Voluntary Breath Regulation in Yoga: Its Relevance and Physiological Effect

Regulating the breath is an important part of yoga practice. Descriptions in traditional yoga texts mention breath regulation as a way of getting spiritual realization. In yoga, there are several ways to modify breathing, such as changing the rate and depth, holding the breath, breathing through the mouth, or breathing alternately through one or both nostrils. These voluntarily regulated yoga breathing techniques are called pranayamas in Sanskrit. Brief descriptions of these techniques in traditional yoga texts as well as their physiological effects are given here.

Yoga and Depression

Aside from its direct effects on behavior and well being, depression is a highly significant health risk factor.  It is associated with many other disorders.  The prime example is heart disease. Moreover, in  heart disease, the occurrence of depression predicts heart failure and death.  As medical treatments for depression vary in their effectiveness, alternative and complementary methods are of great interest.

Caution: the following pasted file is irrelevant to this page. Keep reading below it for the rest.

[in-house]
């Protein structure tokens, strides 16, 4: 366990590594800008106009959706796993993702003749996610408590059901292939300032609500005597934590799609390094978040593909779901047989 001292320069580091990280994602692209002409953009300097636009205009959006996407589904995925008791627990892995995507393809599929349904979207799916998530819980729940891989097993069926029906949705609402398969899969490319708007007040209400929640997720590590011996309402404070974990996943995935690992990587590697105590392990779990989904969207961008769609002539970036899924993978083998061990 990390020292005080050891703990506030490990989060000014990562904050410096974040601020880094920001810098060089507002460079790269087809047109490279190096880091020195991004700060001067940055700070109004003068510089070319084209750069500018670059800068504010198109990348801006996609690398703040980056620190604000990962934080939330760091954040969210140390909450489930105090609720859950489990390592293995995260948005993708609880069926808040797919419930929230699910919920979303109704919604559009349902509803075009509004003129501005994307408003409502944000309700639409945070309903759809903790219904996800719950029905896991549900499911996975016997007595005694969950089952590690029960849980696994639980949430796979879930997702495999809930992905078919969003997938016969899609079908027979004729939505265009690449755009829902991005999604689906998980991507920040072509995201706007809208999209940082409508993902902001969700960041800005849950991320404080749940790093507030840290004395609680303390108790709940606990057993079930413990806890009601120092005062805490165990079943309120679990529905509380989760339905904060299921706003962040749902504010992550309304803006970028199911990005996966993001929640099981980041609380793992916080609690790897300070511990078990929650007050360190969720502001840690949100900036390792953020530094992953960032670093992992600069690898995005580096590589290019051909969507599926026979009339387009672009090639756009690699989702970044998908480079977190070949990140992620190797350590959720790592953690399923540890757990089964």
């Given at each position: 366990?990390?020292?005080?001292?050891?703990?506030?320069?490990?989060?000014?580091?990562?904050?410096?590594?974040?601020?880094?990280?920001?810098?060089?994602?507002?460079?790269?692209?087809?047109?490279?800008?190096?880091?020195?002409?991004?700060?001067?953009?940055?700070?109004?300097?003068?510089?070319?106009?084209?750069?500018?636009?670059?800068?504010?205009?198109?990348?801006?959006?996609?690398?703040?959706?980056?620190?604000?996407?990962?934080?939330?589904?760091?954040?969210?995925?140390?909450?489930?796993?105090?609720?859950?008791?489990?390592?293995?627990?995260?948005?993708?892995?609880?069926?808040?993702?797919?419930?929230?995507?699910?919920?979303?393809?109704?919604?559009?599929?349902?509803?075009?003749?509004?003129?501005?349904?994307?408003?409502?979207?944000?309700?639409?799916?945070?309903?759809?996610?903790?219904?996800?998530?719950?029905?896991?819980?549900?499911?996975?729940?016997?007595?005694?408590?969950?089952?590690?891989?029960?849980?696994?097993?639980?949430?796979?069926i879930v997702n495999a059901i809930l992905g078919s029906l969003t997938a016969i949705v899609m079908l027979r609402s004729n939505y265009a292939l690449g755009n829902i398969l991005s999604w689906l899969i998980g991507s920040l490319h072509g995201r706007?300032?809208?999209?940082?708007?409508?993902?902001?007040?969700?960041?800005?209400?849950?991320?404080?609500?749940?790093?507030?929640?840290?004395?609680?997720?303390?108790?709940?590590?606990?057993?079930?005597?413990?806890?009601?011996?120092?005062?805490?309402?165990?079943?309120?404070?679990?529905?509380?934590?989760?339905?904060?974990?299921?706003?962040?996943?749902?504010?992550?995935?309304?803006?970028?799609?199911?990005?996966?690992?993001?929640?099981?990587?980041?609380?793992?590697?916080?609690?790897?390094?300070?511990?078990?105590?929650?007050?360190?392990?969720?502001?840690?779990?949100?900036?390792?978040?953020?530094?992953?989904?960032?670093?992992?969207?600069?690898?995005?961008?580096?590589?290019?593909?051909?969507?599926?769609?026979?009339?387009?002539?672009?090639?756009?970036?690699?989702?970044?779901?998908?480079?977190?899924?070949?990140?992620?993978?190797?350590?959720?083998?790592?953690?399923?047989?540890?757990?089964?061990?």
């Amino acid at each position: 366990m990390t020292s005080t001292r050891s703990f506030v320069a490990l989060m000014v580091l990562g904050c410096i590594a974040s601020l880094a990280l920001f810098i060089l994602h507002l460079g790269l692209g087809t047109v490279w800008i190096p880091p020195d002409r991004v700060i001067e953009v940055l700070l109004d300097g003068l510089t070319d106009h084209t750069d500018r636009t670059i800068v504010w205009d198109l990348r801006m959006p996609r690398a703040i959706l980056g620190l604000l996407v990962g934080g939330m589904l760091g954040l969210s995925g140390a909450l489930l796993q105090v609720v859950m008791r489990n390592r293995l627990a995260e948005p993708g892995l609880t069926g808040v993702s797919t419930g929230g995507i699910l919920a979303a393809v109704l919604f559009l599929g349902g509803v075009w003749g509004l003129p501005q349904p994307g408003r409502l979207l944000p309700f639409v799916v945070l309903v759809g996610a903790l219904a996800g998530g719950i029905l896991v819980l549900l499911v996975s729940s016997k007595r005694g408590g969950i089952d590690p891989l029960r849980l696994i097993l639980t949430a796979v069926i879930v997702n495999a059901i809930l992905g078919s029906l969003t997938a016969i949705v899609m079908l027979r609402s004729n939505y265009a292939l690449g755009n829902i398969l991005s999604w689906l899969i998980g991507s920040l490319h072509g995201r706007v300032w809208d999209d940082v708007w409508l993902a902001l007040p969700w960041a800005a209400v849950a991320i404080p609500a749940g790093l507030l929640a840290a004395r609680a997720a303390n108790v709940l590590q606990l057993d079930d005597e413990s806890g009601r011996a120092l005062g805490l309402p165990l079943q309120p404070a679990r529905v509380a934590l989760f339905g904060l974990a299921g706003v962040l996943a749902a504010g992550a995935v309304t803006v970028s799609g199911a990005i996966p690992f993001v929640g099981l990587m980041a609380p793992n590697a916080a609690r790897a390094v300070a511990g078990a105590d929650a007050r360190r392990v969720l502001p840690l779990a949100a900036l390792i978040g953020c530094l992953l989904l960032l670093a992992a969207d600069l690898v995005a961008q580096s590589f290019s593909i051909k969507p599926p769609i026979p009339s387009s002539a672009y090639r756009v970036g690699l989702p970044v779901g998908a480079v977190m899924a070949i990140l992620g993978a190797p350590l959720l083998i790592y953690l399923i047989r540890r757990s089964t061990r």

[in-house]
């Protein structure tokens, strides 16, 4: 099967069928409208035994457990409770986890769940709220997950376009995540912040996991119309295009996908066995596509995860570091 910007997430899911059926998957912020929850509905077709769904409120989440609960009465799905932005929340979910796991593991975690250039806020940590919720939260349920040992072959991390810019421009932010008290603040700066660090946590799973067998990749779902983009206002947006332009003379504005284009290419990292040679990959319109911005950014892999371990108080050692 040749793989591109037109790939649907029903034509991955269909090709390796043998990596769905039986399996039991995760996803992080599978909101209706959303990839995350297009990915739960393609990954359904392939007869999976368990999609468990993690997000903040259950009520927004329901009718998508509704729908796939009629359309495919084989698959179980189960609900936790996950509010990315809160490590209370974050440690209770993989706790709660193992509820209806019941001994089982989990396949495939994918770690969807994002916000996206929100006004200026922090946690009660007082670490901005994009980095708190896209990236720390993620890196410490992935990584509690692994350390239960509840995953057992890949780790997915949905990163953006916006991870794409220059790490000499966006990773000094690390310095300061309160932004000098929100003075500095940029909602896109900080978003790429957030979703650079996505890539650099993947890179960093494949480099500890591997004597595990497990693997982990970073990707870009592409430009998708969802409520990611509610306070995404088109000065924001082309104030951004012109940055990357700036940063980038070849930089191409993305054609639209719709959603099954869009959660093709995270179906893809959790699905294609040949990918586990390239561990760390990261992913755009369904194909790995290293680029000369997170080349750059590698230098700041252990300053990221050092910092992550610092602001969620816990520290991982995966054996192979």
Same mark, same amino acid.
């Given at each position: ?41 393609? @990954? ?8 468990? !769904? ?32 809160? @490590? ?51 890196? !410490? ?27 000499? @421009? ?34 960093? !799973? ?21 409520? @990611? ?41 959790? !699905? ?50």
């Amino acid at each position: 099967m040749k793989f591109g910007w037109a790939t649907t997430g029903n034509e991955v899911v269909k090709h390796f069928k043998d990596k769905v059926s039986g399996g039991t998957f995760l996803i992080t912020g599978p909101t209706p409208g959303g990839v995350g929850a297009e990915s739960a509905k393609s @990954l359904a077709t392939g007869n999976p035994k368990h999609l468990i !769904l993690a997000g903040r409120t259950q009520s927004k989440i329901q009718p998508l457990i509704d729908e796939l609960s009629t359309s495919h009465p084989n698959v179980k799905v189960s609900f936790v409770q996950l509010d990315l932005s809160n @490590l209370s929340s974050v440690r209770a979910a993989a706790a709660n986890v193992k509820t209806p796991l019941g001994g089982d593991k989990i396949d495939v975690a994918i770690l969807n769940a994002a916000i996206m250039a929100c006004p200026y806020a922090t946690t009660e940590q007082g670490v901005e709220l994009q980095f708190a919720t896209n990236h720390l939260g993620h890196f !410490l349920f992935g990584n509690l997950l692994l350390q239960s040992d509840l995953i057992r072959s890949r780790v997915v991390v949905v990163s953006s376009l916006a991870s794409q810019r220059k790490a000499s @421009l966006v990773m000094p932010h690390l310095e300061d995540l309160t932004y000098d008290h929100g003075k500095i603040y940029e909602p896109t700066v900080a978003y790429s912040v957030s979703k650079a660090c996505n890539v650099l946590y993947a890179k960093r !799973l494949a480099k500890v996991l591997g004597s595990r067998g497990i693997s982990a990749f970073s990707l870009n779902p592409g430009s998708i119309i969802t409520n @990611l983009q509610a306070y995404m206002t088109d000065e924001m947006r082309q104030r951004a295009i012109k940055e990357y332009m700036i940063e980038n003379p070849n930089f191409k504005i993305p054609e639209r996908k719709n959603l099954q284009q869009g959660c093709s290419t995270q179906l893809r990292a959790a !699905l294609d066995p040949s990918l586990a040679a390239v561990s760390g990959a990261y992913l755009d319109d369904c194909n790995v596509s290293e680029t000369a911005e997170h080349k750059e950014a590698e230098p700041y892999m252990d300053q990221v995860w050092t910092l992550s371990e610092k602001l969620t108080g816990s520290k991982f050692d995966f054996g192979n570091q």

Review of Scientific Research on Iyengar Yoga for the Treatment of Depression

The writings and teaching of B. K. S. Iyengar have fostered the development and promotion of Iyengar Yoga as a therapy for physical and behavioral disorders and scientific research on its effectiveness.

Yoga Therapeutics and Research

In medicine, the general attitude toward yoga and CAM is at best skeptical, with continuing reliance on drugs and surgery, and the attitude that yoga as a treatment may not meet the standards of "Evidence-Based Medicine." It not clear how often physicians refer patients to yoga therapy, probably not much. If asked by a patient they may sometimes but otherwise are likely to advise that yoga is counterindicated for their condition.